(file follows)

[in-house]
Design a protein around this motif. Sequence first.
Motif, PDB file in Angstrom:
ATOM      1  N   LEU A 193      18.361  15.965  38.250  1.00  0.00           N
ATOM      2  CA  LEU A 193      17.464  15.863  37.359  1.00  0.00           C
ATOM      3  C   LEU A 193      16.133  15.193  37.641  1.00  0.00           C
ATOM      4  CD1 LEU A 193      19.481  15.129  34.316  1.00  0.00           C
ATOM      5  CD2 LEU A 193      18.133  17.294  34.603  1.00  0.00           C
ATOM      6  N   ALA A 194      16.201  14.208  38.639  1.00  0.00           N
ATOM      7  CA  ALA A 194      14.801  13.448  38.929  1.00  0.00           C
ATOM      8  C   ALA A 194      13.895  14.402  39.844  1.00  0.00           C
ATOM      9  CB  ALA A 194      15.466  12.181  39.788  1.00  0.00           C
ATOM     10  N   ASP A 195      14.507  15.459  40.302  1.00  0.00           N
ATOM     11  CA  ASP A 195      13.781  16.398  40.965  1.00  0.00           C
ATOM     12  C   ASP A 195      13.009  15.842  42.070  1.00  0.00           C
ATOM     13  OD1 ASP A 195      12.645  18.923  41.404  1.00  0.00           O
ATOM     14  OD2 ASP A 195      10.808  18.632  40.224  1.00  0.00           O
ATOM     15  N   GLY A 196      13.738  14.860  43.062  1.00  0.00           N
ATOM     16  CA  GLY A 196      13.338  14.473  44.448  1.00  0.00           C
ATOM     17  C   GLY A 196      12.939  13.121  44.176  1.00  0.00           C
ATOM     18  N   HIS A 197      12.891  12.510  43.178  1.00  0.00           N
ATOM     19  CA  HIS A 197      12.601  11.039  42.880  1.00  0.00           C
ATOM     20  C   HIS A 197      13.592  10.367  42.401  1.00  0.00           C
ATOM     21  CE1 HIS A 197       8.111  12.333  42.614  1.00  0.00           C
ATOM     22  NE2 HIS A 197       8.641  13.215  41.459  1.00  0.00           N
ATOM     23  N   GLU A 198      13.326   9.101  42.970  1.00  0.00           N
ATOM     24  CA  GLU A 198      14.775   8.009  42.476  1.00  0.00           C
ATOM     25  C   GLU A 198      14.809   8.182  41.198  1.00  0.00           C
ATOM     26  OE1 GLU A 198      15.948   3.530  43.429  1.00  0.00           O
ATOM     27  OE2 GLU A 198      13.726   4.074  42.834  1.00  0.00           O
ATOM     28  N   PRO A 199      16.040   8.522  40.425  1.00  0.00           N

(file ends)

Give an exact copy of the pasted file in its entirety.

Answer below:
[in-house]
Design a protein around this motif. Sequence first.
Motif, PDB file in Angstrom:
ATOM      1  N   LEU A 193      18.361  15.965  38.250  1.00  0.00           N
ATOM      2  CA  LEU A 193      17.464  15.863  37.359  1.00  0.00           C
ATOM      3  C   LEU A 193      16.133  15.193  37.641  1.00  0.00           C
ATOM      4  CD1 LEU A 193      19.481  15.129  34.316  1.00  0.00           C
ATOM      5  CD2 LEU A 193      18.133  17.294  34.603  1.00  0.00           C
ATOM      6  N   ALA A 194      16.201  14.208  38.639  1.00  0.00           N
ATOM      7  CA  ALA A 194      14.801  13.448  38.929  1.00  0.00           C
ATOM      8  C   ALA A 194      13.895  14.402  39.844  1.00  0.00           C
ATOM      9  CB  ALA A 194      15.466  12.181  39.788  1.00  0.00           C
ATOM     10  N   ASP A 195      14.507  15.459  40.302  1.00  0.00           N
ATOM     11  CA  ASP A 195      13.781  16.398  40.965  1.00  0.00           C
ATOM     12  C   ASP A 195      13.009  15.842  42.070  1.00  0.00           C
ATOM     13  OD1 ASP A 195      12.645  18.923  41.404  1.00  0.00           O
ATOM     14  OD2 ASP A 195      10.808  18.632  40.224  1.00  0.00           O
ATOM     15  N   GLY A 196      13.738  14.860  43.062  1.00  0.00           N
ATOM     16  CA  GLY A 196      13.338  14.473  44.448  1.00  0.00           C
ATOM     17  C   GLY A 196      12.939  13.121  44.176  1.00  0.00           C
ATOM     18  N   HIS A 197      12.891  12.510  43.178  1.00  0.00           N
ATOM     19  CA  HIS A 197      12.601  11.039  42.880  1.00  0.00           C
ATOM     20  C   HIS A 197      13.592  10.367  42.401  1.00  0.00           C
ATOM     21  CE1 HIS A 197       8.111  12.333  42.614  1.00  0.00           C
ATOM     22  NE2 HIS A 197       8.641  13.215  41.459  1.00  0.00           N
ATOM     23  N   GLU A 198      13.326   9.101  42.970  1.00  0.00           N
ATOM     24  CA  GLU A 198      14.775   8.009  42.476  1.00  0.00           C
ATOM     25  C   GLU A 198      14.809   8.182  41.198  1.00  0.00           C
ATOM     26  OE1 GLU A 198      15.948   3.530  43.429  1.00  0.00           O
ATOM     27  OE2 GLU A 198      13.726   4.074  42.834  1.00  0.00           O
ATOM     28  N   PRO A 199      16.040   8.522  40.425  1.00  0.00           N